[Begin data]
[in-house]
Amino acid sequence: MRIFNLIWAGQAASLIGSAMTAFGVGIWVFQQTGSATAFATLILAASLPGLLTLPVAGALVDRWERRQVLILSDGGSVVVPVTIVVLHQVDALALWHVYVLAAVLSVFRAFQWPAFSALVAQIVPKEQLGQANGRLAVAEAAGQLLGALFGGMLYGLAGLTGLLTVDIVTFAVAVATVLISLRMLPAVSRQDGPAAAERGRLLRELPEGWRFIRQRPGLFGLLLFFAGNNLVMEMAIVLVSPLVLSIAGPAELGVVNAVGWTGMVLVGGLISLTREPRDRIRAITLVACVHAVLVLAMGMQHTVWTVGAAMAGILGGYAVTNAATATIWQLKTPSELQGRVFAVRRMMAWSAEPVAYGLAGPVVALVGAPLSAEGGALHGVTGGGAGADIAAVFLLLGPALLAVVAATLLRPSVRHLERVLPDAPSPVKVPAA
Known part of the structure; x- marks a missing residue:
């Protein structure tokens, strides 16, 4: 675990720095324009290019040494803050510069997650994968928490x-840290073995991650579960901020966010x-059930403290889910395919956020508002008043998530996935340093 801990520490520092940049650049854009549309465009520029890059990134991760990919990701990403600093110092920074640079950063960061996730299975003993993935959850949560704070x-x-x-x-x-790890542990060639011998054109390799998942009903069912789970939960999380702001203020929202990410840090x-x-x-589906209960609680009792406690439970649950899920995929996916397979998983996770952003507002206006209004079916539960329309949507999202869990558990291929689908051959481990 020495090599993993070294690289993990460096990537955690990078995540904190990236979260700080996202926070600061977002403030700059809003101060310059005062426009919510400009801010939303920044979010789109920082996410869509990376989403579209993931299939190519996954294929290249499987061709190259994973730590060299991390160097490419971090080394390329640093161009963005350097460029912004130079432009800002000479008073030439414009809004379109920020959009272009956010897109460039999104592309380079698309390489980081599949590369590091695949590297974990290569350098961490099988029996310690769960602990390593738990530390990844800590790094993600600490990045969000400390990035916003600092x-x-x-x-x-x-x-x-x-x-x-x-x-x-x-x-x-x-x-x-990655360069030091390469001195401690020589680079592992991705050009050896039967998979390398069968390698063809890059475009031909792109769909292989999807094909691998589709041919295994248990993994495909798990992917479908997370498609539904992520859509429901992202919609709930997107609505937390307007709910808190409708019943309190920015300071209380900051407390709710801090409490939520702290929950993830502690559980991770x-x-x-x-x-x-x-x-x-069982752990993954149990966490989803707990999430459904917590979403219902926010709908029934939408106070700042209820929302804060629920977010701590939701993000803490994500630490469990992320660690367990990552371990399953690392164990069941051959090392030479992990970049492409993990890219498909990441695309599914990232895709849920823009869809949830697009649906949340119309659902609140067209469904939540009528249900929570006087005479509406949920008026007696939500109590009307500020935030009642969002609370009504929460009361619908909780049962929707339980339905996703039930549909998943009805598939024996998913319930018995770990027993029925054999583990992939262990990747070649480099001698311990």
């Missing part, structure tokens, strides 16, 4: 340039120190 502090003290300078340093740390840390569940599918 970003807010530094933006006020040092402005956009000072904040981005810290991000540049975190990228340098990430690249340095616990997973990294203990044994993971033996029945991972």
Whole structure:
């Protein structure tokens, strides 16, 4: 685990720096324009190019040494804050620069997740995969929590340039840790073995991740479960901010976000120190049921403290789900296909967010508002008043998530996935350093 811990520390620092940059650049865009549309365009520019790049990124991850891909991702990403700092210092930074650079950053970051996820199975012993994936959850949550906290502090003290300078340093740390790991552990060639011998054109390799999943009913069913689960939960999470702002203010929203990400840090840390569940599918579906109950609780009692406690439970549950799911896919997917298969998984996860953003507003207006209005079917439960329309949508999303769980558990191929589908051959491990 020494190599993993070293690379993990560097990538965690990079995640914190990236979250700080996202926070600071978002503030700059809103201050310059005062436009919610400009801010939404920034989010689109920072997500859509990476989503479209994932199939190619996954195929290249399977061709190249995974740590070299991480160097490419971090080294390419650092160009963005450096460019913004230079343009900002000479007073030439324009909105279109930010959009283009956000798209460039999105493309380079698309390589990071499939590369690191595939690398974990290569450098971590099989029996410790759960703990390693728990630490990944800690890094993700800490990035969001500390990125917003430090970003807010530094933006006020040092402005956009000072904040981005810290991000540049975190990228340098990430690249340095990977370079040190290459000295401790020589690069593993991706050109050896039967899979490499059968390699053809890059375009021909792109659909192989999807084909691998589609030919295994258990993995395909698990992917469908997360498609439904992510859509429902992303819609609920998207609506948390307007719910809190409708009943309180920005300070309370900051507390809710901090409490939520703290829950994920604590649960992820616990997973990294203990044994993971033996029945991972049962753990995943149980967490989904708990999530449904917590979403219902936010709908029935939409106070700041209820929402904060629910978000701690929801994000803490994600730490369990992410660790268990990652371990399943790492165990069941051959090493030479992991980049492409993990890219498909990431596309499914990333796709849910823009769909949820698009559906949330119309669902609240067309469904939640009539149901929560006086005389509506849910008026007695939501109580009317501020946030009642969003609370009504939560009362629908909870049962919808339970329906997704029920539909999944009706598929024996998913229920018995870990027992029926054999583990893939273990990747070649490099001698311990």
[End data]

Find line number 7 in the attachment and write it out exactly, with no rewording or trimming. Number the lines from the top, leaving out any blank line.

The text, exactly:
């Protein structure tokens, strides 16, 4: 685990720096324009190019040494804050620069997740995969929590340039840790073995991740479960901010976000120190049921403290789900296909967010508002008043998530996935350093 811990520390620092940059650049865009549309365009520019790049990124991850891909991702990403700092210092930074650079950053970051996820199975012993994936959850949550906290502090003290300078340093740390790991552990060639011998054109390799999943009913069913689960939960999470702002203010929203990400840090840390569940599918579906109950609780009692406690439970549950799911896919997917298969998984996860953003507003207006209005079917439960329309949508999303769980558990191929589908051959491990 020494190599993993070293690379993990560097990538965690990079995640914190990236979250700080996202926070600071978002503030700059809103201050310059005062436009919610400009801010939404920034989010689109920072997500859509990476989503479209994932199939190619996954195929290249399977061709190249995974740590070299991480160097490419971090080294390419650092160009963005450096460019913004230079343009900002000479007073030439324009909105279109930010959009283009956000798209460039999105493309380079698309390589990071499939590369690191595939690398974990290569450098971590099989029996410790759960703990390693728990630490990944800690890094993700800490990035969001500390990125917003430090970003807010530094933006006020040092402005956009000072904040981005810290991000540049975190990228340098990430690249340095990977370079040190290459000295401790020589690069593993991706050109050896039967899979490499059968390699053809890059375009021909792109659909192989999807084909691998589609030919295994258990993995395909698990992917469908997360498609439904992510859509429902992303819609609920998207609506948390307007719910809190409708009943309180920005300070309370900051507390809710901090409490939520703290829950994920604590649960992820616990997973990294203990044994993971033996029945991972049962753990995943149980967490989904708990999530449904917590979403219902936010709908029935939409106070700041209820929402904060629910978000701690929801994000803490994600730490369990992410660790268990990652371990399943790492165990069941051959090493030479992991980049492409993990890219498909990431596309499914990333796709849910823009769909949820698009559906949330119309669902609240067309469904939640009539149901929560006086005389509506849910008026007695939501109580009317501020946030009642969003609370009504939560009362629908909870049962919808339970329906997704029920539909999944009706598929024996998913229920018995870990027992029926054999583990893939273990990747070649490099001698311990």